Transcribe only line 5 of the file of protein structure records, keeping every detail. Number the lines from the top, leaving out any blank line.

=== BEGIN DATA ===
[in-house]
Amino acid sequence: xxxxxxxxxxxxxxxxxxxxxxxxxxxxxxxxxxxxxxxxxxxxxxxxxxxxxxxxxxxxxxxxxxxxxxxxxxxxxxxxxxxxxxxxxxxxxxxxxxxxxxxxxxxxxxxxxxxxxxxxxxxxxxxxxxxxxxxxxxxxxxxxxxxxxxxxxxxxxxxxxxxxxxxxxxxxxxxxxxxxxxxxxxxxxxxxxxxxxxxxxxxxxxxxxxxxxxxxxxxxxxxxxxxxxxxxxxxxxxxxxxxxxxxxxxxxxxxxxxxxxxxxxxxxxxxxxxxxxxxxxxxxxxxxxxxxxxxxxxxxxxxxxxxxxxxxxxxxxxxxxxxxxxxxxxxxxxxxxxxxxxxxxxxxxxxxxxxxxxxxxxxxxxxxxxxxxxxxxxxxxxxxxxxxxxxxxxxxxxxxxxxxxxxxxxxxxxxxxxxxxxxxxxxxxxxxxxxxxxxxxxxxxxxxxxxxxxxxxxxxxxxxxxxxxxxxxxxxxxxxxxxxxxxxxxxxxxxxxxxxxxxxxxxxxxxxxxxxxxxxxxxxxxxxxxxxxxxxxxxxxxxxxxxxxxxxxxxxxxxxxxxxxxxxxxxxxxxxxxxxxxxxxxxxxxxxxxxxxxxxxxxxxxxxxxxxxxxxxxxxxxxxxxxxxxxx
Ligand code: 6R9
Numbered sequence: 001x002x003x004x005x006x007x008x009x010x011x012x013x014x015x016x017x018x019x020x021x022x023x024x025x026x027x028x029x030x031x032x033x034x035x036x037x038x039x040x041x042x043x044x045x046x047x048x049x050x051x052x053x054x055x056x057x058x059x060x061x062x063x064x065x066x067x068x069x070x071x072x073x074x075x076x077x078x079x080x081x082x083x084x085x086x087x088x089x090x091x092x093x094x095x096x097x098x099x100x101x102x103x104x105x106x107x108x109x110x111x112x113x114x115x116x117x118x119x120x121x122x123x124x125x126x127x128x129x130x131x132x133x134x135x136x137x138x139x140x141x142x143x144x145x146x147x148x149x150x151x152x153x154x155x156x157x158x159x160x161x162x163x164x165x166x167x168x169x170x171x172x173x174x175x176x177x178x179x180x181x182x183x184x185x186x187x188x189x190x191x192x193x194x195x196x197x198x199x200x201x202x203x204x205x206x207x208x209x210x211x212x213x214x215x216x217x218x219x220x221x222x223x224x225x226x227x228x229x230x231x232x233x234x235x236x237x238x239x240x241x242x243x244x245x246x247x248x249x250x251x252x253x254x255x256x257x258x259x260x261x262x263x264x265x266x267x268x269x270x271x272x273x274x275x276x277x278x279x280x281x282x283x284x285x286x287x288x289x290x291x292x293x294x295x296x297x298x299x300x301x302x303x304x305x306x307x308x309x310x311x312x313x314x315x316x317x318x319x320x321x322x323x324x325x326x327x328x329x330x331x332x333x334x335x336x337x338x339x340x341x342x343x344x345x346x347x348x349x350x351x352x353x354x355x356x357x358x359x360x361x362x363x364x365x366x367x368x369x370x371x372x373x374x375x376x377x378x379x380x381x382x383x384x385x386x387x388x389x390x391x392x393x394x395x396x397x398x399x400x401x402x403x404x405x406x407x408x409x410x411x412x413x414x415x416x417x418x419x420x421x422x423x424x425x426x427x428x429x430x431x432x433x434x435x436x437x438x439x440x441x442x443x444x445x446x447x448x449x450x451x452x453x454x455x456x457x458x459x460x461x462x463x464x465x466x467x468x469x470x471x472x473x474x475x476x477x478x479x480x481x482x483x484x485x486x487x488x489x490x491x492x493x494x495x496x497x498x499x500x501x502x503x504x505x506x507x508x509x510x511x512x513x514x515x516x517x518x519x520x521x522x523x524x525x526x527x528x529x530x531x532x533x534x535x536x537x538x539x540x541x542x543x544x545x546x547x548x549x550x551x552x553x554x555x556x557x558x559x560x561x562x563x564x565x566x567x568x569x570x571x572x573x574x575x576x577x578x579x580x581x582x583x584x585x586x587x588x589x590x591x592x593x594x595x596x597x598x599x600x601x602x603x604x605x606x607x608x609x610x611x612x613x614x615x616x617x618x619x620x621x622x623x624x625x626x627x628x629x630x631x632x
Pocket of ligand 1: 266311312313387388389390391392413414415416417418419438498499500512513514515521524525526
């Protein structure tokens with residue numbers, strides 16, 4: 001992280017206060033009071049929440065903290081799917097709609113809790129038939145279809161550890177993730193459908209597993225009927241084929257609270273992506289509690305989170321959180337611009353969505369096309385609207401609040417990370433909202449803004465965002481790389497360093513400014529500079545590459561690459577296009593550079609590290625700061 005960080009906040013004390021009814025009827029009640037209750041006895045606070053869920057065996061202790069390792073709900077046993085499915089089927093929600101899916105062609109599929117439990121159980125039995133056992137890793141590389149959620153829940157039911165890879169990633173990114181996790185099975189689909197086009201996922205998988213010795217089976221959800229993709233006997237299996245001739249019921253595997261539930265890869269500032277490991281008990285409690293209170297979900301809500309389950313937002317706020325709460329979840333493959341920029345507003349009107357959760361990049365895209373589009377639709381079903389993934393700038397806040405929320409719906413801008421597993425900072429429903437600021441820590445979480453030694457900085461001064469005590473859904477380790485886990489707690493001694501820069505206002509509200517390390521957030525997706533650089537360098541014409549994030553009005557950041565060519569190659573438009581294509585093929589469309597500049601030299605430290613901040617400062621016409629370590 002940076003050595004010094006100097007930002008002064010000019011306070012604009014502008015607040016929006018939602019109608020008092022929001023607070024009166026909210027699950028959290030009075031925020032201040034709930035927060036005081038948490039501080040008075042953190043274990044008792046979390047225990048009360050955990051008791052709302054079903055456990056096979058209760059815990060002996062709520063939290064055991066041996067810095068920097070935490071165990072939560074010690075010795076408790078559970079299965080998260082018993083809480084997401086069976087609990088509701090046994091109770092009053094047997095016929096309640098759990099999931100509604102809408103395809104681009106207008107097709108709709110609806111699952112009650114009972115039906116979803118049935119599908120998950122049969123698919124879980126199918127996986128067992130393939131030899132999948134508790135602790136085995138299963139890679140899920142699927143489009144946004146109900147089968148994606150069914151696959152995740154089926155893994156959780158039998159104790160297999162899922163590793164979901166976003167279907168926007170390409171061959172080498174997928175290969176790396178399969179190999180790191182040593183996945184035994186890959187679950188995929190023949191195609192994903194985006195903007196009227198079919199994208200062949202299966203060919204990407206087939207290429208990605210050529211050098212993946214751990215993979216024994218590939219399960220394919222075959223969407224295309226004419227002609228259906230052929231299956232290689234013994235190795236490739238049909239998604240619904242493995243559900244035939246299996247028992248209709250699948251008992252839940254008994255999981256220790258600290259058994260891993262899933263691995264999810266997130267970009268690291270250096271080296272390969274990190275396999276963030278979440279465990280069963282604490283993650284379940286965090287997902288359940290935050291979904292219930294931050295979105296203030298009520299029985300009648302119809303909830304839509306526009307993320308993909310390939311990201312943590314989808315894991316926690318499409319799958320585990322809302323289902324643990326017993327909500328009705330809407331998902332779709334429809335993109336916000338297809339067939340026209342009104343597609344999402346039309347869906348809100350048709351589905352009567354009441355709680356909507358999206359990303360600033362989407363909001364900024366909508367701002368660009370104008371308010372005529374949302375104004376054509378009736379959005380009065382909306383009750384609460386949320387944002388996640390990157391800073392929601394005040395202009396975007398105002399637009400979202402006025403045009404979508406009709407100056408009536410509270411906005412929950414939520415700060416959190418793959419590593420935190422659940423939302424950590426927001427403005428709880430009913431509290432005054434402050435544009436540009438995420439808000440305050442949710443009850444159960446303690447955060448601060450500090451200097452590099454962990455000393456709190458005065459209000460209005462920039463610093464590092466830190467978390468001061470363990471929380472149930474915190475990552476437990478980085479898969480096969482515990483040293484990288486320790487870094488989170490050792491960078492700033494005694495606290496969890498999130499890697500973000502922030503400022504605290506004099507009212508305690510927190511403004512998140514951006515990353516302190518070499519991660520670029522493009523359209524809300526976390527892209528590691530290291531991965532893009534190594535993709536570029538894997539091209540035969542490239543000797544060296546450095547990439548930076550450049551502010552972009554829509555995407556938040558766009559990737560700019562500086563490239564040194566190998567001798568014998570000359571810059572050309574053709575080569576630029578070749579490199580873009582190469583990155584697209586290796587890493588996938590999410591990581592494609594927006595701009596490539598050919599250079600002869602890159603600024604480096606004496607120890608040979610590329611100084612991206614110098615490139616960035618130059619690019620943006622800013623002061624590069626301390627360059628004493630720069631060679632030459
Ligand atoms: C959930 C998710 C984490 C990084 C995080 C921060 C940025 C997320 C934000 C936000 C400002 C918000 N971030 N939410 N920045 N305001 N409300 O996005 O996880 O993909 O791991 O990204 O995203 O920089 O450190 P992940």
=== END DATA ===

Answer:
Pocket of ligand 1: 266311312313387388389390391392413414415416417418419438498499500512513514515521524525526